Self-driving cars in California exempt from traffic tickets: report



Self-driving cars in California are reportedly immune from traffic tickets despite mounting accident reports involving the autonomous vehicles.

An NBC Bay Area report revealed that police are unable to ticket driverless cars because of a loophole in the Golden State’s law, which says that only drivers can be ticketed for a wrongdoing on the road.

“No citation for a moving violation can be issued if the [autonomous vehicle] is being operated in a driverless mode,” read an internal memo from San Francisco Police Chief Bill Scott obtained by NBC.

The moving violations Scott referred to includes speeding, running a red light and reckless driving, though self-driving cars are still eligible to receive parking fines.

“Technology evolves rapidly and, at times, faster than legislation or regulations can adapt to the changes,” Scott reportedly added.

An internal memo from the San Francisco Police Department obtained by NBC Bay Area revealed a loophole in California law that makes self-driving cars immune from moving traffic violations, like speeding. nadl2022 – stock.adobe.com

Representatives for the San Francisco Police Department did not immediately respond to The Post’s request for comment.

The San Francisco Standard said in a June report that part of the reason the city doesn’t cite self-driving cars for moving violations was that there wasn’t actually a driver to cite.

“When you’re a police officer out there in the field, and there’s a vehicle that has violated the vehicle code, which happens every day in San Francisco, who do you give the citation to?” Jeffrey Tumlin, director of transportation at the SFMTA, told the outlet.

“There is additional work that needs to be done to clarify what happens when an autonomous vehicle breaks the law.”

Texas and Arizona, meanwhile — fellow testing grounds for self-driving vehicles from the likes of GM subsidiary Cruise, Tesla and Google’s Waymo — have already passed laws holding companies who operate autonomous vehicles responsible for any driving infractions.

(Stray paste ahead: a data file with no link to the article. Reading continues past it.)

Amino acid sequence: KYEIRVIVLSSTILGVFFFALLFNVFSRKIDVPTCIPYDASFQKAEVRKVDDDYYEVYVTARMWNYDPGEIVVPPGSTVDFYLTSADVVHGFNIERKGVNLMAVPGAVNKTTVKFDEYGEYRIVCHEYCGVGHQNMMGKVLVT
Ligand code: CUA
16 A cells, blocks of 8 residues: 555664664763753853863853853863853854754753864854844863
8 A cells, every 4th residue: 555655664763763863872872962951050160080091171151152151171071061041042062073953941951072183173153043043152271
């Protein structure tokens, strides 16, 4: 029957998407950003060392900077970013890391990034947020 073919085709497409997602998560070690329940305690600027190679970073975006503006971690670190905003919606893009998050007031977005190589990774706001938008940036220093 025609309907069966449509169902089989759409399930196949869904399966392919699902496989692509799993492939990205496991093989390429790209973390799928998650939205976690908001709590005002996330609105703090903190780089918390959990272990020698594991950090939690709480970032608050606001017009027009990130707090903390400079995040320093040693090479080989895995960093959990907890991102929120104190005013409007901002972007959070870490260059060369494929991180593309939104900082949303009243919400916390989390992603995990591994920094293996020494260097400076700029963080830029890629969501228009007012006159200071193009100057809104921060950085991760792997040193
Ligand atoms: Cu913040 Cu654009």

California has yet to follow suit despite a string of concerning incidents involving self-driving cars.

In October, General Motors’ embattled Cruise self-driving cars were forced to cease operations after one of the autonomous vehicles mowed down a woman, who had to be saved with the Jaws of Life. AFP via Getty Images

In October, a woman had to be rescued with the Jaws of Life after she was mowed down on a San Francisco roadway by two cars, one of which was a Cruise autonomous vehicle.

The human-driven car that struck the woman fled the scene, and there were no passengers inside the Cruise car, leaving officials having to piece together what transpired.

Since the accident, which forced Cruise to suspend operations, it has struggled to remake itself while reducing costs in the meantime.

Last month, the company cut over 900 jobs, a quarter of its workforce — a day after it confirmed that nine key leaders are no longer with the company amid an ongoing investigation into the October crash.

Months prior, a self-driving Waymo car ran over and killed a small dog during a test drive in San Francisco.

“A test driver was present” in the driver’s seat, but the vehicle’s automatic driving system (ADS) “was engaged in autonomous mode” during the deadly accident on May 21, per an online DMV report.

Last month, Tesla issued a recall of nearly all its electric cars over mounting concerns about the safety of its self-driving system, called “Autopilot.” AFP via Getty Images

As recently as last month, virtually every Tesla on the road was recalled over regulators’ concerns that its “Autopilot” system is unsafe, part of a years-long National Highway Traffic Safety Administration investigation into Elon Musk’s cars.

Musk had been the biggest public booster of the idea of the car doing the driving, first promising immediate “full self-driving” in 2016.

The Autopilot system allows Teslas to self-steer, accelerate and brake, but needs a driver in the front seat. Tesla is updating the software but has insisted the system is safe.

However, Austin, Texas-based Tesla has not gone as far as others, which have launched live trials on city streets of cars with empty driving seats.



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